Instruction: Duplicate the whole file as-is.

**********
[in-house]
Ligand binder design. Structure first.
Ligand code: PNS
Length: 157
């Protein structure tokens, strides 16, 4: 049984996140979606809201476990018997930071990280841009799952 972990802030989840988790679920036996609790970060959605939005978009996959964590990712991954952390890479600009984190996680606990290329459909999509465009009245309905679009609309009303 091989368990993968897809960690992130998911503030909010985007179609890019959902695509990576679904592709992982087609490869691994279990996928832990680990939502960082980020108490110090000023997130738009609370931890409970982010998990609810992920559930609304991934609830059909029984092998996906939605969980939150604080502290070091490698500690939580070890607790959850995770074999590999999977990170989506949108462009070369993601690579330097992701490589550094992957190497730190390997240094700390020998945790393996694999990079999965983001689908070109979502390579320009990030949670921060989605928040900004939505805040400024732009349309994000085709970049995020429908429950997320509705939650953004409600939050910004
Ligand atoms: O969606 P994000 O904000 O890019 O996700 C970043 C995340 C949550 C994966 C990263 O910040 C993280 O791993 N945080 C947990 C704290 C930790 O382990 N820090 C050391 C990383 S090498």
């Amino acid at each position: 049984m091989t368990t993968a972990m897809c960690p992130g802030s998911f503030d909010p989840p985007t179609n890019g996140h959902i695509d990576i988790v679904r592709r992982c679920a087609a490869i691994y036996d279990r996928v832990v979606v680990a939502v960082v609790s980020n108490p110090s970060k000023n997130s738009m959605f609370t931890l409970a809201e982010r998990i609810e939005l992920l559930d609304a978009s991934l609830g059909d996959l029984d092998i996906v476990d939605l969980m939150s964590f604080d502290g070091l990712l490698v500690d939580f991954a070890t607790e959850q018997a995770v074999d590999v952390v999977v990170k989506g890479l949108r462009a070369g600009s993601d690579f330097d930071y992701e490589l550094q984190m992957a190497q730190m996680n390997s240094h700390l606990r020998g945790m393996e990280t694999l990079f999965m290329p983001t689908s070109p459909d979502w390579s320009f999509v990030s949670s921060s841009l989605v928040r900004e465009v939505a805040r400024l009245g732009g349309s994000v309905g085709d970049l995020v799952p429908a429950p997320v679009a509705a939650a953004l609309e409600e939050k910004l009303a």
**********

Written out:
[in-house]
Ligand binder design. Structure first.
Ligand code: PNS
Length: 157
């Protein structure tokens, strides 16, 4: 049984996140979606809201476990018997930071990280841009799952 972990802030989840988790679920036996609790970060959605939005978009996959964590990712991954952390890479600009984190996680606990290329459909999509465009009245309905679009609309009303 091989368990993968897809960690992130998911503030909010985007179609890019959902695509990576679904592709992982087609490869691994279990996928832990680990939502960082980020108490110090000023997130738009609370931890409970982010998990609810992920559930609304991934609830059909029984092998996906939605969980939150604080502290070091490698500690939580070890607790959850995770074999590999999977990170989506949108462009070369993601690579330097992701490589550094992957190497730190390997240094700390020998945790393996694999990079999965983001689908070109979502390579320009990030949670921060989605928040900004939505805040400024732009349309994000085709970049995020429908429950997320509705939650953004409600939050910004
Ligand atoms: O969606 P994000 O904000 O890019 O996700 C970043 C995340 C949550 C994966 C990263 O910040 C993280 O791993 N945080 C947990 C704290 C930790 O382990 N820090 C050391 C990383 S090498």
């Amino acid at each position: 049984m091989t368990t993968a972990m897809c960690p992130g802030s998911f503030d909010p989840p985007t179609n890019g996140h959902i695509d990576i988790v679904r592709r992982c679920a087609a490869i691994y036996d279990r996928v832990v979606v680990a939502v960082v609790s980020n108490p110090s970060k000023n997130s738009m959605f609370t931890l409970a809201e982010r998990i609810e939005l992920l559930d609304a978009s991934l609830g059909d996959l029984d092998i996906v476990d939605l969980m939150s964590f604080d502290g070091l990712l490698v500690d939580f991954a070890t607790e959850q018997a995770v074999d590999v952390v999977v990170k989506g890479l949108r462009a070369g600009s993601d690579f330097d930071y992701e490589l550094q984190m992957a190497q730190m996680n390997s240094h700390l606990r020998g945790m393996e990280t694999l990079f999965m290329p983001t689908s070109p459909d979502w390579s320009f999509v990030s949670s921060s841009l989605v928040r900004e465009v939505a805040r400024l009245g732009g349309s994000v309905g085709d970049l995020v799952p429908a429950p997320v679009a509705a939650a953004l609309e409600e939050k910004l009303a």